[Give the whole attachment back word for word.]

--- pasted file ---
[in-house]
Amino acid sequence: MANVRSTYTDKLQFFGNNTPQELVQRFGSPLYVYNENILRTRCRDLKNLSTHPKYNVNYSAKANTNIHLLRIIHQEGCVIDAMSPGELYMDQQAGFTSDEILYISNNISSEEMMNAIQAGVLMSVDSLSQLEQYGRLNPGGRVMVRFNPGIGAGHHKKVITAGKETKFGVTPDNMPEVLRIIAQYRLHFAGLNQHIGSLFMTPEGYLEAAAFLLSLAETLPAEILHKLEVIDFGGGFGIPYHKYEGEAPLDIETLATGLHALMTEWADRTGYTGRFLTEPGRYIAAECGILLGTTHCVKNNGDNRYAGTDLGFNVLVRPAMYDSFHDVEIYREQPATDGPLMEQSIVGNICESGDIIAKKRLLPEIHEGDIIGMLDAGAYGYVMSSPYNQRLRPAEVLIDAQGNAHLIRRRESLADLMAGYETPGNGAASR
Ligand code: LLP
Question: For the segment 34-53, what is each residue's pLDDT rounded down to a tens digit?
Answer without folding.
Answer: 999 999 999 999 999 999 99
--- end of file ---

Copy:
[in-house]
Amino acid sequence: MANVRSTYTDKLQFFGNNTPQELVQRFGSPLYVYNENILRTRCRDLKNLSTHPKYNVNYSAKANTNIHLLRIIHQEGCVIDAMSPGELYMDQQAGFTSDEILYISNNISSEEMMNAIQAGVLMSVDSLSQLEQYGRLNPGGRVMVRFNPGIGAGHHKKVITAGKETKFGVTPDNMPEVLRIIAQYRLHFAGLNQHIGSLFMTPEGYLEAAAFLLSLAETLPAEILHKLEVIDFGGGFGIPYHKYEGEAPLDIETLATGLHALMTEWADRTGYTGRFLTEPGRYIAAECGILLGTTHCVKNNGDNRYAGTDLGFNVLVRPAMYDSFHDVEIYREQPATDGPLMEQSIVGNICESGDIIAKKRLLPEIHEGDIIGMLDAGAYGYVMSSPYNQRLRPAEVLIDAQGNAHLIRRRESLADLMAGYETPGNGAASR
Ligand code: LLP
Question: For the segment 34-53, what is each residue's pLDDT rounded down to a tens digit?
Answer without folding.
Answer: 999 999 999 999 999 999 99